After six months of care, 43.4% of patients in the pharmacist-led group met the recommended targets for both blood pressure and LDL cholesterol, compared with 30.9% of patient in the nurse-led group, a statistically significant difference of 12.5%.2,4 The quantitative benefit of pharmacist-led care was largely led by improvements in the proportion of patients who met the LDL targets, since “nearly two-thirds of participants were already at systolic BP targets at baseline, and patients in both groups had similar reductions in systolic blood pressure during the trial.”4 Among the reasons posed by study authors for the more significant results with LDL levels is a possible “ceiling effect” in blood pressure management, which is the idea that patients with controlled hypertension generally stabilize at a particular blood pressure level without much further decrease. Also suggested was a greater motivation among stroke survivors to monitor and control blood pressure than to control LDL, because of their greater understanding of the importance of the former.4

The study did have its share of limitations, such as the small number of study participants, a problem made more significant as 27 patients withdrew from the study early, and the impossibility of the investigation being blinded.2,4 Additionally, the six month span of the study was not enough time to conclude that pharmacist-led risk management actually translated to a reduction in future strokes or CV events, though the outcomes observed here were good predictors of such events.2

      While the setting of this investigation was within the Canadian healthcare system, its researchers and authors contend that the results could be translated with relative ease to the United Kingdom’s National Health Service or to integrated managed care organizations in the United States.4 By allowing pharmacists to write and modify prescriptions with the goal of maintenance rather than cure, the patient care system tested by the University of Alberta seems to reduce the burden of these follow-up visits on primary care physicians. However, it may also represent a redefinition of practice boundaries that may be difficult for patients to adjust to.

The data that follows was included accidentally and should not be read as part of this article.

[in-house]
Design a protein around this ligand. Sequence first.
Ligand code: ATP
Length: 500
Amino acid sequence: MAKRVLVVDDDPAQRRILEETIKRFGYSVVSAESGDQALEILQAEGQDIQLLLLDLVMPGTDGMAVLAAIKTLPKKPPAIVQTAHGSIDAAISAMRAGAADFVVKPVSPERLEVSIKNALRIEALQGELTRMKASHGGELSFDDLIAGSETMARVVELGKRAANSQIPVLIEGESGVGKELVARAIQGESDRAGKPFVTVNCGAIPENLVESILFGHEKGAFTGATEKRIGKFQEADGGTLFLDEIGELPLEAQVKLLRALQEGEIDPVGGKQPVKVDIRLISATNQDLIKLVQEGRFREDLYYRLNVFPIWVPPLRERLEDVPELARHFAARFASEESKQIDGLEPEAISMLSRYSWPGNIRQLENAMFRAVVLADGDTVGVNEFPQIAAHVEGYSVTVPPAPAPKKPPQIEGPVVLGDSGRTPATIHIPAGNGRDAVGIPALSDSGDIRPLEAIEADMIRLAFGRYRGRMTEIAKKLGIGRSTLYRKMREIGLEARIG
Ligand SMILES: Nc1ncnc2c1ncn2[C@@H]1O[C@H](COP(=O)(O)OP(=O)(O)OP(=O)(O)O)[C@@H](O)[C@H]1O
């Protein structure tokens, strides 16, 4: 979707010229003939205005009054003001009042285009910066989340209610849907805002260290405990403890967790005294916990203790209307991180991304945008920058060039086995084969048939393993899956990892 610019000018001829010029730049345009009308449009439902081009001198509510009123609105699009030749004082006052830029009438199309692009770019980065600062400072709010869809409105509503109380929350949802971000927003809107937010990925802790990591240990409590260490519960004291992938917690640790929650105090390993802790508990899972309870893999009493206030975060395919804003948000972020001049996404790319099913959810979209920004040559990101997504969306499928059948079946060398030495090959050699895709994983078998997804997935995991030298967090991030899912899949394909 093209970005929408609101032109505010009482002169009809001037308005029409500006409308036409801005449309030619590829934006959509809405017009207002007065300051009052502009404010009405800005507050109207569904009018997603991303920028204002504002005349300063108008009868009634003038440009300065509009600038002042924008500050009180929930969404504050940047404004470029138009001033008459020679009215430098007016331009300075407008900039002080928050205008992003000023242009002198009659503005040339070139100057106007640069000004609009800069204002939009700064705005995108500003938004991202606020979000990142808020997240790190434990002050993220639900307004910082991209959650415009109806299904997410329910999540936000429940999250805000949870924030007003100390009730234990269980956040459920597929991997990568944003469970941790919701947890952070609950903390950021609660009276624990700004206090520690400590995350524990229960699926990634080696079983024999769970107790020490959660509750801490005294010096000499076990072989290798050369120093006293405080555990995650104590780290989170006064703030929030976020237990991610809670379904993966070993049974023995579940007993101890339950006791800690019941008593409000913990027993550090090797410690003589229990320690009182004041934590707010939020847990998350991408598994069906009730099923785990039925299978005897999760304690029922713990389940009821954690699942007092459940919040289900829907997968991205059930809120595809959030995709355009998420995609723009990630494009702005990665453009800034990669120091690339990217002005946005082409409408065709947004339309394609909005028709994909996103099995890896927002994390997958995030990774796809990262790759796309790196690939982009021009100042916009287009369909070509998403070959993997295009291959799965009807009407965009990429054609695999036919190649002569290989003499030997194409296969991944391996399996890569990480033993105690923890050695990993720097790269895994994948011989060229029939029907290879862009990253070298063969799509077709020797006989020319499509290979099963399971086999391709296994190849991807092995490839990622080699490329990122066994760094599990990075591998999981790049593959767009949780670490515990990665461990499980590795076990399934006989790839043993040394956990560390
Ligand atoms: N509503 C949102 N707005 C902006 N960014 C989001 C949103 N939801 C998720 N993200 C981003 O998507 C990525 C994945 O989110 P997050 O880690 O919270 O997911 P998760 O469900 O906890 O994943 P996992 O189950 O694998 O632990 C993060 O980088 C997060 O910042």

In the United States, the idea of increased collaboration between pharmacists and physicians on patient therapy has been under discussion for several years. Pharmacists in many states have sought, and often won, legislative expansion of their professional roles, and New York State pharmacists are now taking up the cause. On September 14th 2011, a new law allowing the implementation of collaborative drug therapy management (CDTM) in a few teaching hospitals in New York State, went into effect.7 As defined in the accompanying revision to state regulation on Pharmacy education, CDTM is the “performance of services by a pharmacist relating to the review, evaluation and management of drug therapy to a patient…in accordance with a written agreement or protocol”.8 This legislation created an environment for the evaluation of increased pharmacist input in drug therapy, much like the study at the University of Alberta.

After applying principles of CDTM to anticoagulation therapy, as well as to disease states including dia